Do you recognize these fish?
They are anadromous alewives, also known as river herring. These small fish leave the ocean and swim upriver to spawn each May and June in Maine ponds and lakes. They provide food and cover for other migrating fish and are a critical part of the food chain in the ocean. Because so many Maine rivers are blocked by dams, the number of alewives has dipped dangerously low, so much so that the National Marine Fisheries Service is considering listing them under the Endangered Species Act. Through a series of legal actions, this trend is reversing.
For 150 years, alewives have been unable to swim upstream to spawn in the Presumpcot River. They have been blocked by a series of dams. The first dam in the series, the Cumberland Mills Dam, is at Sappi’s paper mill in Westbrook.
What’s changed at the Cumberland Mills Dam?
In 2009, in a proceeding initiated and prosecuted by CLF and the Friends of the Presumpscot River, the Maine Department of Inland Fisheries and Wildlife ordered Sappi to construct a fishway through the dam. After two years of construction, the nearly five million dollar fishway is completed and will enable fish to pass above the dam. It opened with fanfare on May 1, 2013 and awaits the spring migration of alewives and shad.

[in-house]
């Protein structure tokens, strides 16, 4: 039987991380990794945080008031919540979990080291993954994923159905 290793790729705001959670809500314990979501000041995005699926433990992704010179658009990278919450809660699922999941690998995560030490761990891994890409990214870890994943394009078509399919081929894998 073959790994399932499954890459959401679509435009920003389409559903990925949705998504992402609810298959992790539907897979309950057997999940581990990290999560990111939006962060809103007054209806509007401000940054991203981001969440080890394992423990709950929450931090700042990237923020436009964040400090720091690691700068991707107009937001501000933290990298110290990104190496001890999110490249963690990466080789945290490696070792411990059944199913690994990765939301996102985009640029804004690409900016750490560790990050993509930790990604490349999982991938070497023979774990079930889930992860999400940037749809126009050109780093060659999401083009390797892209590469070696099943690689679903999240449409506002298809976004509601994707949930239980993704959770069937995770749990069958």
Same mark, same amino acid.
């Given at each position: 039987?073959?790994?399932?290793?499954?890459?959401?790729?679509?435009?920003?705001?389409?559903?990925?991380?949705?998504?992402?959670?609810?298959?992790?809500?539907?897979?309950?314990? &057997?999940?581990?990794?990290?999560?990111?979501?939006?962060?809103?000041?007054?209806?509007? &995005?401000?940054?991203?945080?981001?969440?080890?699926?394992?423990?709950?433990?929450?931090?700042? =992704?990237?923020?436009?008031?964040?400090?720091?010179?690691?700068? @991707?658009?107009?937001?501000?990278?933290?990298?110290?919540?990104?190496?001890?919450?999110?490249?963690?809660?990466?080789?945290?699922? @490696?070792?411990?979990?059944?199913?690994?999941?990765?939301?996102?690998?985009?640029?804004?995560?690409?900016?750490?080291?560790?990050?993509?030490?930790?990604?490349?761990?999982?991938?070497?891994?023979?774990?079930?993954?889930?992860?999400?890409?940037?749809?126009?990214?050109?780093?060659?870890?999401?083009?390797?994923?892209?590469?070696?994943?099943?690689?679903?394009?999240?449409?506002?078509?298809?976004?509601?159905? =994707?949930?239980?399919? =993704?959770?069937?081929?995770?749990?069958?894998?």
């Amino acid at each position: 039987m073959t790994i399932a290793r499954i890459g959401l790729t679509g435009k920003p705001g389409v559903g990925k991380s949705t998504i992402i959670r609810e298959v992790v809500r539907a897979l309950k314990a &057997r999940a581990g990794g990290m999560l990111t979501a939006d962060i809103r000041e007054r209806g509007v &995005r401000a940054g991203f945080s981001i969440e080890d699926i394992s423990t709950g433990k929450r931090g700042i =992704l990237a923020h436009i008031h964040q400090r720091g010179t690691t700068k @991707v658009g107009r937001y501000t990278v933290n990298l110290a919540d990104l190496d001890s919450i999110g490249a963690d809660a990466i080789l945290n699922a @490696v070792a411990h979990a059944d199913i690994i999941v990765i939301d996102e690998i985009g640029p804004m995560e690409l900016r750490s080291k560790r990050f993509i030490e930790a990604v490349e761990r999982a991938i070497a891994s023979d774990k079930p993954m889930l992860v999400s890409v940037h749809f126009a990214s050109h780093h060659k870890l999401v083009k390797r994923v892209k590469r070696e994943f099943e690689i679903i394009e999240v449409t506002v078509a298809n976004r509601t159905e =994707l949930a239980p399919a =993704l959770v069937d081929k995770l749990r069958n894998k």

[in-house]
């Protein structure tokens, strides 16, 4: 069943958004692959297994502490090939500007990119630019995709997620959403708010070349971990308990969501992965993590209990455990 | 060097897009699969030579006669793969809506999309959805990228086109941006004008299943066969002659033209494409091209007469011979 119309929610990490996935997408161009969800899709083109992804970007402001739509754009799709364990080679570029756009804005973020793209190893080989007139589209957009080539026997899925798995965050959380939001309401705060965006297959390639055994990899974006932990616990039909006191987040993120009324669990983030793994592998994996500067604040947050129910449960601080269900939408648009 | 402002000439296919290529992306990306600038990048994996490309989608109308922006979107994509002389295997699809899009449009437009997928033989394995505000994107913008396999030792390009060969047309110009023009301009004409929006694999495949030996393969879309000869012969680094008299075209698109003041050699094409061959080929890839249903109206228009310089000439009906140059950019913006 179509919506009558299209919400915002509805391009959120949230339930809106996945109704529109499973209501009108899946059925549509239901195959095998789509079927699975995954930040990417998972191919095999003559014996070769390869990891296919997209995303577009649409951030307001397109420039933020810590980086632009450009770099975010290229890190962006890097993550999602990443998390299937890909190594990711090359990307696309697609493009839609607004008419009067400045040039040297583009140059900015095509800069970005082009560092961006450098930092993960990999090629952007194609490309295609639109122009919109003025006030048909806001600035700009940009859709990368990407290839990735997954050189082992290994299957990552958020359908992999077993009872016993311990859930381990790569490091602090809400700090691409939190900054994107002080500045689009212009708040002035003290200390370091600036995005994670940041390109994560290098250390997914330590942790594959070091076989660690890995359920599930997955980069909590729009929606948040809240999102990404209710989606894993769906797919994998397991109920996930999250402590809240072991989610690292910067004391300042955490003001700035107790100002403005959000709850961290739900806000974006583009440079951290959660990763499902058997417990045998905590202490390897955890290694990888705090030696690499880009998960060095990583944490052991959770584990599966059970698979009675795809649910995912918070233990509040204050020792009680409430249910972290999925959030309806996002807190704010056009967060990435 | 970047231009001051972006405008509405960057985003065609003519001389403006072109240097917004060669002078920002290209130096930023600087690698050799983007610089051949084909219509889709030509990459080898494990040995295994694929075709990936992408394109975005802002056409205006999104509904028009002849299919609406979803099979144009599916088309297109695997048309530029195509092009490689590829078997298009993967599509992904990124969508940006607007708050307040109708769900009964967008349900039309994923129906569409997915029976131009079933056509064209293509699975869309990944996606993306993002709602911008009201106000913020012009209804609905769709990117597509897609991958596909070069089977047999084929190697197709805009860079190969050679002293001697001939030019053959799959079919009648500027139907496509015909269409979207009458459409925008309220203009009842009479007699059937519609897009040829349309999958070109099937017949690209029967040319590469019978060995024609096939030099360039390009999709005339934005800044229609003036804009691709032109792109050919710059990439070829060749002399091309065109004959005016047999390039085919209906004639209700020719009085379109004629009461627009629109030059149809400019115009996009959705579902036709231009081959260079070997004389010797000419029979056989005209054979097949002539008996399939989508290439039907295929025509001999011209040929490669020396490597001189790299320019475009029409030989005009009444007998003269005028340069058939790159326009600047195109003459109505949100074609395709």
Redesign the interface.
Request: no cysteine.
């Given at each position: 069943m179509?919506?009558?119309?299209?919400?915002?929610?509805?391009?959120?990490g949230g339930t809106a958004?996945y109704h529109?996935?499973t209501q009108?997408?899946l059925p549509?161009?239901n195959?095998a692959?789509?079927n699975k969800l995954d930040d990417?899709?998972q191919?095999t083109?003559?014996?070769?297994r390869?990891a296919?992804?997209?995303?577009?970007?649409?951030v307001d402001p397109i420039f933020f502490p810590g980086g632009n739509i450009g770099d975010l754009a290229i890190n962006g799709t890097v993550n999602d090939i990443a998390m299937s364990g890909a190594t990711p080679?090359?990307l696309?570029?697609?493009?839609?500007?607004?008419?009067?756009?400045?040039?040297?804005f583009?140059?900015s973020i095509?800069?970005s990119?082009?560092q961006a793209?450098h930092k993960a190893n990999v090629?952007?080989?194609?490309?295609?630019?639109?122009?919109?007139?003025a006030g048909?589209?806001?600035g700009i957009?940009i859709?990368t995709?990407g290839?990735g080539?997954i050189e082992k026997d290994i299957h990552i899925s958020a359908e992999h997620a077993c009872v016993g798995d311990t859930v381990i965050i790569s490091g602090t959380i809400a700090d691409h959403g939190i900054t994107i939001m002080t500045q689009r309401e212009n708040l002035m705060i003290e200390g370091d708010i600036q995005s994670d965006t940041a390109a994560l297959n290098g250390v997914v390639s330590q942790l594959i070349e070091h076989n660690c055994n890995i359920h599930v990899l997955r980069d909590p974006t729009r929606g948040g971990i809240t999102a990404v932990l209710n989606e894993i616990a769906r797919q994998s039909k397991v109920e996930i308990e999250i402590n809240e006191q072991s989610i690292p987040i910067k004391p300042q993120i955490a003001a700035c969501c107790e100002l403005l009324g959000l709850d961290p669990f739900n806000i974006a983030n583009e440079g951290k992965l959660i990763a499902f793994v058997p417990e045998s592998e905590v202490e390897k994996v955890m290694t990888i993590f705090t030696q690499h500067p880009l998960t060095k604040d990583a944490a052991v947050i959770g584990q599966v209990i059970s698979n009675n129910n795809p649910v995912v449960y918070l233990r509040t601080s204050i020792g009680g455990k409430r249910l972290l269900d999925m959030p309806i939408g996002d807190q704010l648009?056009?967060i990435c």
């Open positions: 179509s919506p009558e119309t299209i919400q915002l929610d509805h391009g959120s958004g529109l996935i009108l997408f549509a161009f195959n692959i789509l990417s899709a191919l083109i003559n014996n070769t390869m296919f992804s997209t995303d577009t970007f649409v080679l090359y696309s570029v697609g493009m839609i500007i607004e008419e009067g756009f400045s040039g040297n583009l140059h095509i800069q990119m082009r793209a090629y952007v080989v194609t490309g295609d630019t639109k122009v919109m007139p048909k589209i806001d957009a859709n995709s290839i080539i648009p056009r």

Sappi now has another two years to build a fishway at its next dam upstream, and then as the fish return to their native habitat must construct fish passage at four other dams beyond that. The timing will depend on how many fish migrate up the river. CLF’s Executive Vice President Sean Mahoney, with another attorney for the Friends of the Presumpscot River, spear-headed the petition that has led to the re-opening of the river to alewives and shad.
Sappi plans to create a webpage which will in part track the progress of alewives up the river. We will share that resource when we have it. Keep checking back here, on CLF Scoop, for more!